Basal ganglia hemorrhage

Case contribution: Dr. Radhiana Hassan


  • An 87 years old lady
  • Underlying DM and HPT.
  • Presented with left sided body weakness.
  • Associated with slurred speech.
  • On examination E3V2M6. Power left upper and lower limb 0/5.
  • BP 239/112 mmHg.
CT scan brain in axial plane non-contrast

CT scan findings:

  • There is a large hyperdensity in the right basal ganglia (red arrows) measuring about 4.3x 4.4×4.3 cm (AP x W x CC) in keeping with acute hemorrhage.
  • There is extension of hemorrhage into the lateral, third and fourth ventricles (yellow arrows).
  • Midline shift to the left measuring about 10 mm.
  • Effacement of the adjacent cerebral sulci.
  • Underlying cerebral atrophy.

Diagnosis: Acute right basal ganglia hemorrhage with intraventricular extension.


  • Basal ganglia hemorrhage is a common form of intracerebral hemorrhage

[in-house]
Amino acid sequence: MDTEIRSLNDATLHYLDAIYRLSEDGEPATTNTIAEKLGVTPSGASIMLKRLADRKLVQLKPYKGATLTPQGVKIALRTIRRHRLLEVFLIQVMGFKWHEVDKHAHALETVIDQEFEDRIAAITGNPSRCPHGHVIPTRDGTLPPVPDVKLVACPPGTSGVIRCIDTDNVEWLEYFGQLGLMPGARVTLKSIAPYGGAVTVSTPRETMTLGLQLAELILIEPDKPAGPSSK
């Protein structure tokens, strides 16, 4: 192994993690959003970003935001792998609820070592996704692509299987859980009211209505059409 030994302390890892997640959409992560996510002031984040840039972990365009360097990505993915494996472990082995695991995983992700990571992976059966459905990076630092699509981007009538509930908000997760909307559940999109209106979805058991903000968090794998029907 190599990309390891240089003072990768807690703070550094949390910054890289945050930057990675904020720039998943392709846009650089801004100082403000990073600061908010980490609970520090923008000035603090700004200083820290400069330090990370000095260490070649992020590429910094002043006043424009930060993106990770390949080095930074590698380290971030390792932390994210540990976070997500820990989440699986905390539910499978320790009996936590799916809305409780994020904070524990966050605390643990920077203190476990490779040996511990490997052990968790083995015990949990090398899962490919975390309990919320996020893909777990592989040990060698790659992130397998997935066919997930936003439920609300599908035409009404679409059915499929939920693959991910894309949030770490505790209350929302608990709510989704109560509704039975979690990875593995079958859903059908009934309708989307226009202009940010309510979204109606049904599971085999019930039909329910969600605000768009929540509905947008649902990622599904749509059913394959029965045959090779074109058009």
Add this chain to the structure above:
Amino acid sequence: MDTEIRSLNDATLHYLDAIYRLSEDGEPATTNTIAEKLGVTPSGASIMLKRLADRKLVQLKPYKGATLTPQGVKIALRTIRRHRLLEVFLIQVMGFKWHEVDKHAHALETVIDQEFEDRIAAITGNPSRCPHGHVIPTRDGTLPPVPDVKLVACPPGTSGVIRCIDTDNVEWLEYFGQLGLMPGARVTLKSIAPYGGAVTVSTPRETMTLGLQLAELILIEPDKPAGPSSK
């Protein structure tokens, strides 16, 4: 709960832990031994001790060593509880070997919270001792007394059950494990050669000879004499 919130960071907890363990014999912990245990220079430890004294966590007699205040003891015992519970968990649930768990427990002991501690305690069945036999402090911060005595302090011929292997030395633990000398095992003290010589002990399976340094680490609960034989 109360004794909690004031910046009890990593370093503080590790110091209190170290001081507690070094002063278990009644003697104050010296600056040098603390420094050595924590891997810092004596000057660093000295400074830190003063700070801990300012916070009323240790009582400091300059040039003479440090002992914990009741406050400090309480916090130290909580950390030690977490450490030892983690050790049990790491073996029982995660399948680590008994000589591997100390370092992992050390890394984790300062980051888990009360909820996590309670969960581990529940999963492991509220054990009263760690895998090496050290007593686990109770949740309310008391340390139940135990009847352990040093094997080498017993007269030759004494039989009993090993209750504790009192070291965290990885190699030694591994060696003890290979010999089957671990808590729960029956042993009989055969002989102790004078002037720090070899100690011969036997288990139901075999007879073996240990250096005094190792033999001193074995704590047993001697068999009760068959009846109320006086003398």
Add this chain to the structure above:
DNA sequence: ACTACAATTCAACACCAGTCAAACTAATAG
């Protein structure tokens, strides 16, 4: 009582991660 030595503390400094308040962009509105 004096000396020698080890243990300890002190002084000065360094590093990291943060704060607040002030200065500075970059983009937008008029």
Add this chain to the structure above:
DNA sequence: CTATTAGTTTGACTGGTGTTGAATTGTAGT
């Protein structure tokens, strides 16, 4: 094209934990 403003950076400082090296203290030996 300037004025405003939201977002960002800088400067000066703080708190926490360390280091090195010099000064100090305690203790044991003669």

• It is a neurologic emergency that requires immediate imaging and neurosurgical referral
  • The most common cause is poorly controlled long-standing hypertension
  • Typically seen on CT scan as a region of hyperdensity centered on the basal ganglia or thalamus. Not infrequently there may be an extension into the ventricles.
  • Volume of the hemorrhage may be estimated by APxWxCC/2 formula, which may have neurosurgical and prognostic implications (only parenchymal hemorrhage not intraventricular extension).
  • The mainstay of treatment is medical, with control of hypertension and attempts to prevent secondary cerebral injury.
  • If an intraventricular hemorrhage is present then hydrocephalus is a common sequelae and CSF drainage with an extra-ventricular drain is often needed.
  • Evacuation of the clot is controversial and only potentially useful in large (>60 mL) hemorrhage.
Author: radhianahassan